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A History of the Reformation (Vol. 2 of 2)

At Manresa he practised the strictest asceticism


in the church of Our Lady of Montserrat he resolved to dedicate himself to her service with all the ceremonies prescribed in that masterbook of mediaeval chivalry, Amadis of Gaul. He hung his arms on her altar, and throughout the long night, standing or kneeling, he kept his watch, consecrating his knightly service to the Blessed Virgin. At daybreak he donned an anchorite's dress, gave his knightly robes to the first beggar he met, and, mounted on his ass, betook himself to the Dominican convent of Manresa, no longer Inigo Recalde de Loyola, but simply Ignatius.

At Manresa he practised the strictest asceticism, hoping to become in heart and soul fitted for the saint life he wished to live. Then began a time of unexpected, sore and prolonged spiritual conflict, not unlike what Luther experienced in the Erfurt convent. Who was he and what had been his past life that he should presumptuously think that God would ever accept him and number him among His saints? He made unwearied use of all the mediaeval means of grace; he exhausted the resources of the confessional; he consulted one spiritual guide after another without experiencing any relief to the doubts which were gnawing at his soul. The whole machinery of the Church helped him as little as it had Luther: it could not give peace of conscience. He has placed on record that the only real help he received during this prolonged period of mental agony came from an old woman. Confession, instead of

soothing him, rather plunged him into a sea of intolerable doubt. To make his penitence thorough, to know himself as he really was, he wrote out his confession that he might see his sins staring at him from the written page. He fasted till his life was in danger; he prayed seven times and scourged himself thrice daily, but found no peace. He tells us that he often shrieked aloud to God, crying that He must Himself help him, for no creature could bring him comfort. No task would be too great for him, he exclaimed, if he could only see God. "Show me, O Lord, where I can find Thee; I will follow like a dog, if I can only learn the way of salvation." His anguish prompted him to suicide. More than once, he says, he opened his window with the intention of casting himself down headlong and ending his life then and there; but the fear of his sins and their consequences restrained him. He had read of a saint who had vowed to fast until he had been vouchsafed the Beatific Vision, so he communicated at the altar and fasted for a whole week; but all ended in vanity and vexation of spirit.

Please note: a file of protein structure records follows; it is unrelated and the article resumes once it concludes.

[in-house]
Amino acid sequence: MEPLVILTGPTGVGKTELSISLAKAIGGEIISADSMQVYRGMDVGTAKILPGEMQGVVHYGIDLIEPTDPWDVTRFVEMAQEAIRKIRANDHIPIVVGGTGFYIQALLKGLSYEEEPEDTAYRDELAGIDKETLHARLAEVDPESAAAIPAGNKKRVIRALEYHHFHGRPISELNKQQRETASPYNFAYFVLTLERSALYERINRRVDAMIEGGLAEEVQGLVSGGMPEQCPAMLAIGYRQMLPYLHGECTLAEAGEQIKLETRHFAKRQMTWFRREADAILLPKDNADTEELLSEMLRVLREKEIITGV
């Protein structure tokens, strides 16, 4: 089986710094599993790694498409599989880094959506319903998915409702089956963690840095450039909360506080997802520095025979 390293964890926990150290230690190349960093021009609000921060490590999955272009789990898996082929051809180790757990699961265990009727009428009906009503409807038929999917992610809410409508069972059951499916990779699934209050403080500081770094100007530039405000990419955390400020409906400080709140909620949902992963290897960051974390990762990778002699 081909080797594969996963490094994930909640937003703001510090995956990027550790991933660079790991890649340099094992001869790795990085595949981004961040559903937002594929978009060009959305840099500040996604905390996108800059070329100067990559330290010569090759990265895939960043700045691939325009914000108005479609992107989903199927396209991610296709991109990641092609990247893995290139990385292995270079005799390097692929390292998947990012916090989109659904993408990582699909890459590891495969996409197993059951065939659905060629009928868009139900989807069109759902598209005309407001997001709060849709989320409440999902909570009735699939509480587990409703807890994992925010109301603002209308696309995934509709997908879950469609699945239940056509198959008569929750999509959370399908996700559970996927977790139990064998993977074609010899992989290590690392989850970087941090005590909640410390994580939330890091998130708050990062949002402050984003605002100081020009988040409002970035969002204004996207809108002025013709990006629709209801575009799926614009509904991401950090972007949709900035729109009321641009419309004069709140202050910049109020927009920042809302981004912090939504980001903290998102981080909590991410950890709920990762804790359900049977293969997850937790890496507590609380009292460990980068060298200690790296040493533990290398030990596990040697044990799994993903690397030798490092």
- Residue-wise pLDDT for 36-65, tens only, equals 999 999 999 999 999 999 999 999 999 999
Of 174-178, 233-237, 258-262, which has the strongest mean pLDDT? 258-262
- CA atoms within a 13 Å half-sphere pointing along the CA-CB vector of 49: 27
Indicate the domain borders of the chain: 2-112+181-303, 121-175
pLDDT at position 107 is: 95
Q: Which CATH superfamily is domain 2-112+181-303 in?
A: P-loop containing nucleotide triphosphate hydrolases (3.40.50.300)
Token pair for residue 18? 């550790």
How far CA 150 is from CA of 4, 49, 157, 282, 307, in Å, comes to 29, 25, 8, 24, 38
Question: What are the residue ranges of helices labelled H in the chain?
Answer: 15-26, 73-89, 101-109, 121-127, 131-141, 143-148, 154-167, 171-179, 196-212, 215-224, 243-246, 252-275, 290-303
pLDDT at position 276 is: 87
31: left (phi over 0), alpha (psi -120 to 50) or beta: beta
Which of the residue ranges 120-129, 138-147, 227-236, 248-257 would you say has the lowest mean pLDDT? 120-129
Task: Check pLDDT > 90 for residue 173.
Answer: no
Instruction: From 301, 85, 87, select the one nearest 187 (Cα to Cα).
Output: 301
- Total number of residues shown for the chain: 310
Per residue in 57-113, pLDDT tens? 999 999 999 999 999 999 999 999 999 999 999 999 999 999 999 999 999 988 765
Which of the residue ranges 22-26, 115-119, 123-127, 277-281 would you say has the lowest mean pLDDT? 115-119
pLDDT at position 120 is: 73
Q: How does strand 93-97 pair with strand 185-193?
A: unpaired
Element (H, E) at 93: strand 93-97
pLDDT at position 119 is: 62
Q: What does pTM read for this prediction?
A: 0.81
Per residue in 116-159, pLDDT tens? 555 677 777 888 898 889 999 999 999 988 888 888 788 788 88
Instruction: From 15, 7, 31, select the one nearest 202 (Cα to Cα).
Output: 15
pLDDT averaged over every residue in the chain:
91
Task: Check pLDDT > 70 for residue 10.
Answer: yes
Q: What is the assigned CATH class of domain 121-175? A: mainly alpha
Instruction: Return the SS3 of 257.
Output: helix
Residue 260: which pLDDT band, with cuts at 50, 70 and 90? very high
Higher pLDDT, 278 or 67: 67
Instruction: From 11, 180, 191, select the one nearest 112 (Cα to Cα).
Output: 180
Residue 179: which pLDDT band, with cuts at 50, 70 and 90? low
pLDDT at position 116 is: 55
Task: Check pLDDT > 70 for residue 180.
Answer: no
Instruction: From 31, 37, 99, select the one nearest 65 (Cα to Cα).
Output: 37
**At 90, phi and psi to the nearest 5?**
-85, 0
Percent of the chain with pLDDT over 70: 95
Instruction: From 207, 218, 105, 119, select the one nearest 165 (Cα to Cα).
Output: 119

Then, with the sudden certainty of a revelation, he resolved to throw himself on the mercy of God, whose long-suffering pity would pardon his sins. This was the crisis. Peace came at last, and his new spiritual life began. He thought no longer about his past; he no longer mentioned former sins in his confessions; the certainty of pardon had begun a new life within him; he could start afresh. It is impossible to read his statements without being struck with the similarity between the spiritual experience of Ignatius and what Luther calls Justification by Faith; the words used by the two great religious leaders were different, but the experience of pardon won by throwing one's self upon the mercy of God was the same.

This new spiritual life was, as in Luther's case, one of overflowing gladness. Meditation and introspection, once a source of anguish, became the spring of overpowering joy. Ignatius felt that he was making progress. "God," he says, "dealt with me as a teacher with a scholar; I cannot doubt that He had always been with me." Many historical critics from Ranke downwards have been struck with the likeness of the experience gone through by Luther and Ignatius. One great contrast manifested itself at once. The humble-minded and quiet German, when the new life awoke in him, set himself unostentatiously to do the common tasks which daily life brought; the fiery and ambitious Spaniard at once tried to conquer all mysteries, to take them by assault as if they were a beleaguered fortress.

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